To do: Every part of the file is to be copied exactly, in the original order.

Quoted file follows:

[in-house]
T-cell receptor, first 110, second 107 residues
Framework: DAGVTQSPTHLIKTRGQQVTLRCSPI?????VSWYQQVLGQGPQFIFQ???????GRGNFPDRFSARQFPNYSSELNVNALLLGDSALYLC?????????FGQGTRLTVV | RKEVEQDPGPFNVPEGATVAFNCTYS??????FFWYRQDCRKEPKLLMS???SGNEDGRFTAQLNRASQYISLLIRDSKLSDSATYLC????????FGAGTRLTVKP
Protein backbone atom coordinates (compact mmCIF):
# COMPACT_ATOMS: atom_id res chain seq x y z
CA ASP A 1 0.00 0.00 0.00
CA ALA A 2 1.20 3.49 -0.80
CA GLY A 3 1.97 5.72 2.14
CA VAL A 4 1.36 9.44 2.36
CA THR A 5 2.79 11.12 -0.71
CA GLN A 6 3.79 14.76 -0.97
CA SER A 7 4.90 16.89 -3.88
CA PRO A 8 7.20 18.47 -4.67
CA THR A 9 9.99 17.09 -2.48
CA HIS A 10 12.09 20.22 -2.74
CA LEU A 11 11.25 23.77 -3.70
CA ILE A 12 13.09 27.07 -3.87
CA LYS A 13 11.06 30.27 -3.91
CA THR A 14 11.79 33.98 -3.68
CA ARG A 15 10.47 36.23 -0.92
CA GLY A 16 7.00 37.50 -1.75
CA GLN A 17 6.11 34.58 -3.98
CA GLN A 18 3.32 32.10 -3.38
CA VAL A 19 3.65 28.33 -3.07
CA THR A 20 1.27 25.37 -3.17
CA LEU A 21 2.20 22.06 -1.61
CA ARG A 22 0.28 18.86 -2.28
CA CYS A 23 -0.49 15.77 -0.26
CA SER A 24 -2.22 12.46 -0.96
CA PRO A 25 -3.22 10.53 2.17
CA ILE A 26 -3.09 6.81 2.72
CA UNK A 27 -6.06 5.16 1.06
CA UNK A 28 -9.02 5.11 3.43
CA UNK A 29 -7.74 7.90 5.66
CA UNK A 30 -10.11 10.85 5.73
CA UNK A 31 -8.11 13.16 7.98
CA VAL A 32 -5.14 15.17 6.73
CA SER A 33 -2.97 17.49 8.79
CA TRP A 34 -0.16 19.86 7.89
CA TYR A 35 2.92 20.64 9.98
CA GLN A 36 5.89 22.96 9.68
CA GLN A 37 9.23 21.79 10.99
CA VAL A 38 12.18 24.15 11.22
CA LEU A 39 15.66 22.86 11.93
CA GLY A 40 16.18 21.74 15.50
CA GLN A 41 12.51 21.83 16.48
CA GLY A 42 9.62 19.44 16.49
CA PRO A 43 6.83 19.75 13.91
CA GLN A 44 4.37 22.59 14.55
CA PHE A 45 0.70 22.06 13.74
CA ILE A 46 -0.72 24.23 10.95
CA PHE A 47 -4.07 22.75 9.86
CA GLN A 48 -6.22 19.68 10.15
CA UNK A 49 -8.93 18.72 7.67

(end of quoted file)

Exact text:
[in-house]
T-cell receptor, first 110, second 107 residues
Framework: DAGVTQSPTHLIKTRGQQVTLRCSPI?????VSWYQQVLGQGPQFIFQ???????GRGNFPDRFSARQFPNYSSELNVNALLLGDSALYLC?????????FGQGTRLTVV | RKEVEQDPGPFNVPEGATVAFNCTYS??????FFWYRQDCRKEPKLLMS???SGNEDGRFTAQLNRASQYISLLIRDSKLSDSATYLC????????FGAGTRLTVKP
Protein backbone atom coordinates (compact mmCIF):
# COMPACT_ATOMS: atom_id res chain seq x y z
CA ASP A 1 0.00 0.00 0.00
CA ALA A 2 1.20 3.49 -0.80
CA GLY A 3 1.97 5.72 2.14
CA VAL A 4 1.36 9.44 2.36
CA THR A 5 2.79 11.12 -0.71
CA GLN A 6 3.79 14.76 -0.97
CA SER A 7 4.90 16.89 -3.88
CA PRO A 8 7.20 18.47 -4.67
CA THR A 9 9.99 17.09 -2.48
CA HIS A 10 12.09 20.22 -2.74
CA LEU A 11 11.25 23.77 -3.70
CA ILE A 12 13.09 27.07 -3.87
CA LYS A 13 11.06 30.27 -3.91
CA THR A 14 11.79 33.98 -3.68
CA ARG A 15 10.47 36.23 -0.92
CA GLY A 16 7.00 37.50 -1.75
CA GLN A 17 6.11 34.58 -3.98
CA GLN A 18 3.32 32.10 -3.38
CA VAL A 19 3.65 28.33 -3.07
CA THR A 20 1.27 25.37 -3.17
CA LEU A 21 2.20 22.06 -1.61
CA ARG A 22 0.28 18.86 -2.28
CA CYS A 23 -0.49 15.77 -0.26
CA SER A 24 -2.22 12.46 -0.96
CA PRO A 25 -3.22 10.53 2.17
CA ILE A 26 -3.09 6.81 2.72
CA UNK A 27 -6.06 5.16 1.06
CA UNK A 28 -9.02 5.11 3.43
CA UNK A 29 -7.74 7.90 5.66
CA UNK A 30 -10.11 10.85 5.73
CA UNK A 31 -8.11 13.16 7.98
CA VAL A 32 -5.14 15.17 6.73
CA SER A 33 -2.97 17.49 8.79
CA TRP A 34 -0.16 19.86 7.89
CA TYR A 35 2.92 20.64 9.98
CA GLN A 36 5.89 22.96 9.68
CA GLN A 37 9.23 21.79 10.99
CA VAL A 38 12.18 24.15 11.22
CA LEU A 39 15.66 22.86 11.93
CA GLY A 40 16.18 21.74 15.50
CA GLN A 41 12.51 21.83 16.48
CA GLY A 42 9.62 19.44 16.49
CA PRO A 43 6.83 19.75 13.91
CA GLN A 44 4.37 22.59 14.55
CA PHE A 45 0.70 22.06 13.74
CA ILE A 46 -0.72 24.23 10.95
CA PHE A 47 -4.07 22.75 9.86
CA GLN A 48 -6.22 19.68 10.15
CA UNK A 49 -8.93 18.72 7.67